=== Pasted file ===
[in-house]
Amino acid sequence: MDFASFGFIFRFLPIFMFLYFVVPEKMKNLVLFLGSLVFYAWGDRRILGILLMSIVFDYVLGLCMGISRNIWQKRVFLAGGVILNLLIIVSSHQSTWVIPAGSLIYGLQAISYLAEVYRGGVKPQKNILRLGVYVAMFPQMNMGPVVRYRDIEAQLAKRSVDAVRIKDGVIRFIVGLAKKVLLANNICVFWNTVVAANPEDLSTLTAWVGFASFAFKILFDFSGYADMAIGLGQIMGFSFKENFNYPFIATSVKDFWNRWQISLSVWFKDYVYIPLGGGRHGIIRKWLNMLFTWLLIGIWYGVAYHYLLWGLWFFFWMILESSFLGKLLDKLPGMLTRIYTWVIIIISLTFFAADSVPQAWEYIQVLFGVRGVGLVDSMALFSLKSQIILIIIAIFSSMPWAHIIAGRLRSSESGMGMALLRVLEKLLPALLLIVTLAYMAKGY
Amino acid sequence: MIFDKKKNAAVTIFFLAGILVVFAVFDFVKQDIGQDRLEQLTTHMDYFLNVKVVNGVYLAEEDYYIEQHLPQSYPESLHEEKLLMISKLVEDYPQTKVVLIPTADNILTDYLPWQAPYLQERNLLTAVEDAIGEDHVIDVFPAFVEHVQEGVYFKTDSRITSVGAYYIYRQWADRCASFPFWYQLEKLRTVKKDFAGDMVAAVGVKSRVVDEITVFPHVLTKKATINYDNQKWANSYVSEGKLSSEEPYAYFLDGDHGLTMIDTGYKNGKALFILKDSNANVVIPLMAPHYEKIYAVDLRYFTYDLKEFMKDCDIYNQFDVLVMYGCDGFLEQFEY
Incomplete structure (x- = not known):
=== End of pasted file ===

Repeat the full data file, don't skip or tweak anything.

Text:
[in-house]
Amino acid sequence: MDFASFGFIFRFLPIFMFLYFVVPEKMKNLVLFLGSLVFYAWGDRRILGILLMSIVFDYVLGLCMGISRNIWQKRVFLAGGVILNLLIIVSSHQSTWVIPAGSLIYGLQAISYLAEVYRGGVKPQKNILRLGVYVAMFPQMNMGPVVRYRDIEAQLAKRSVDAVRIKDGVIRFIVGLAKKVLLANNICVFWNTVVAANPEDLSTLTAWVGFASFAFKILFDFSGYADMAIGLGQIMGFSFKENFNYPFIATSVKDFWNRWQISLSVWFKDYVYIPLGGGRHGIIRKWLNMLFTWLLIGIWYGVAYHYLLWGLWFFFWMILESSFLGKLLDKLPGMLTRIYTWVIIIISLTFFAADSVPQAWEYIQVLFGVRGVGLVDSMALFSLKSQIILIIIAIFSSMPWAHIIAGRLRSSESGMGMALLRVLEKLLPALLLIVTLAYMAKGY
Amino acid sequence: MIFDKKKNAAVTIFFLAGILVVFAVFDFVKQDIGQDRLEQLTTHMDYFLNVKVVNGVYLAEEDYYIEQHLPQSYPESLHEEKLLMISKLVEDYPQTKVVLIPTADNILTDYLPWQAPYLQERNLLTAVEDAIGEDHVIDVFPAFVEHVQEGVYFKTDSRITSVGAYYIYRQWADRCASFPFWYQLEKLRTVKKDFAGDMVAAVGVKSRVVDEITVFPHVLTKKATINYDNQKWANSYVSEGKLSSEEPYAYFLDGDHGLTMIDTGYKNGKALFILKDSNANVVIPLMAPHYEKIYAVDLRYFTYDLKEFMKDCDIYNQFDVLVMYGCDGFLEQFEY
Incomplete structure (x- = not known):